Wednesday, February 20, 2013

How to know a=b b=c a=c is true?


How to know a=b b=c a=c logical principle of equivalence is true?

In argument, if premises A=B and B=C, you can apply the logical principle of equivalence to conclude that A=C.

"Define a word by repeating the word itself in the definition." is The Error of Circular Definition.

Likewise, the use of premises and conclusions to prove the logical principal is a Circular Error.

Without committing such an error, how to know the logical principle of equivalence is true?

Additional Details

Oh, Come On!, don't be so narrowed to avoid the big picture in this question.
How do you know the 'must all be identical' part in your comment is true?
How do you prove the principle without using what principle can prove?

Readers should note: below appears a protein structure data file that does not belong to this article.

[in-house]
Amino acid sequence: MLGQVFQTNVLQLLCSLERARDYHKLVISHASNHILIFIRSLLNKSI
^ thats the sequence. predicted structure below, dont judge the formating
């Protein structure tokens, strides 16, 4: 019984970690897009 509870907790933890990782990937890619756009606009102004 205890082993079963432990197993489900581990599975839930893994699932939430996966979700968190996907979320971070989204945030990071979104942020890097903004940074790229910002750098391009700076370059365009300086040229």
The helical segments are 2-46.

@Curtis Edward,
Please do not divert from the main question.
You proved an example "apples" by using the logical principle, but why do you believe that the logical principle itself is true?

Dear true wisdom,

The 3 answers so far do not address the question in full.

Lack of complete answers to the question imply, the products of current education system are adamant, not to accept the baseless nature of logical principles, where the said system is assumed to base upon.

If logical principles cannot be proven on solid grounds (without Circular Error), can the applications/ conclusions based on such logical principles be valid? no

Even the existence of 'space' justification has Circular Error: point is defined using line and line is defined using point.…
"All definitions are ultimately circular in nature since they depend on concepts which must themselves have definitions, a dependence which can not be continued indefinitely without returning to the starting point."

It is fair to say, the belief in Space in Space-Time continuum is unscientific+illogical and is a result of ignorance.

Should we consider 'Aristotelian logic' to be super-mundane like freedom 'nibbana' in Buddhism?


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